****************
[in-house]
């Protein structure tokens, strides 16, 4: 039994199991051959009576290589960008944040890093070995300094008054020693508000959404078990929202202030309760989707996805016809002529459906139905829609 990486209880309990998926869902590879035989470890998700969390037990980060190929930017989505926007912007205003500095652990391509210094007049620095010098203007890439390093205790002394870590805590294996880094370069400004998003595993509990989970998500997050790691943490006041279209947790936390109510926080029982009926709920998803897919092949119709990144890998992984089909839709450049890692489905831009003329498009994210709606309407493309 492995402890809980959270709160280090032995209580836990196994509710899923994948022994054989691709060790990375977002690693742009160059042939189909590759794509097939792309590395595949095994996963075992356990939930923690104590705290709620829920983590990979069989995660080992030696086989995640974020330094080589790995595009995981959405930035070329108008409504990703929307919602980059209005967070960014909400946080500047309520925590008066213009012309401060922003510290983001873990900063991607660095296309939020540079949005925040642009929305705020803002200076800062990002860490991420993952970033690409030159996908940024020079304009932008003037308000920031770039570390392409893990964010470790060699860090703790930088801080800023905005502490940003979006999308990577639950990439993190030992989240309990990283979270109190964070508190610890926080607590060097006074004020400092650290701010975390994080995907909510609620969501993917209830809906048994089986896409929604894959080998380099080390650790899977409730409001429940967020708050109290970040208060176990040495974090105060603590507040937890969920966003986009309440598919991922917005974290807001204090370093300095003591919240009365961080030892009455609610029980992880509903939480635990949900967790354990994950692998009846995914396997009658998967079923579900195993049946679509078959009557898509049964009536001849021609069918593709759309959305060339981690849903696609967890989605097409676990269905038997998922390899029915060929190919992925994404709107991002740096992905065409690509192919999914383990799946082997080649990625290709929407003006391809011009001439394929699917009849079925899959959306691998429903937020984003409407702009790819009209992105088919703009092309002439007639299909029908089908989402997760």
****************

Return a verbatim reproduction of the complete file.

[in-house]
């Protein structure tokens, strides 16, 4: 039994199991051959009576290589960008944040890093070995300094008054020693508000959404078990929202202030309760989707996805016809002529459906139905829609 990486209880309990998926869902590879035989470890998700969390037990980060190929930017989505926007912007205003500095652990391509210094007049620095010098203007890439390093205790002394870590805590294996880094370069400004998003595993509990989970998500997050790691943490006041279209947790936390109510926080029982009926709920998803897919092949119709990144890998992984089909839709450049890692489905831009003329498009994210709606309407493309 492995402890809980959270709160280090032995209580836990196994509710899923994948022994054989691709060790990375977002690693742009160059042939189909590759794509097939792309590395595949095994996963075992356990939930923690104590705290709620829920983590990979069989995660080992030696086989995640974020330094080589790995595009995981959405930035070329108008409504990703929307919602980059209005967070960014909400946080500047309520925590008066213009012309401060922003510290983001873990900063991607660095296309939020540079949005925040642009929305705020803002200076800062990002860490991420993952970033690409030159996908940024020079304009932008003037308000920031770039570390392409893990964010470790060699860090703790930088801080800023905005502490940003979006999308990577639950990439993190030992989240309990990283979270109190964070508190610890926080607590060097006074004020400092650290701010975390994080995907909510609620969501993917209830809906048994089986896409929604894959080998380099080390650790899977409730409001429940967020708050109290970040208060176990040495974090105060603590507040937890969920966003986009309440598919991922917005974290807001204090370093300095003591919240009365961080030892009455609610029980992880509903939480635990949900967790354990994950692998009846995914396997009658998967079923579900195993049946679509078959009557898509049964009536001849021609069918593709759309959305060339981690849903696609967890989605097409676990269905038997998922390899029915060929190919992925994404709107991002740096992905065409690509192919999914383990799946082997080649990625290709929407003006391809011009001439394929699917009849079925899959959306691998429903937020984003409407702009790819009209992105088919703009092309002439007639299909029908089908989402997760």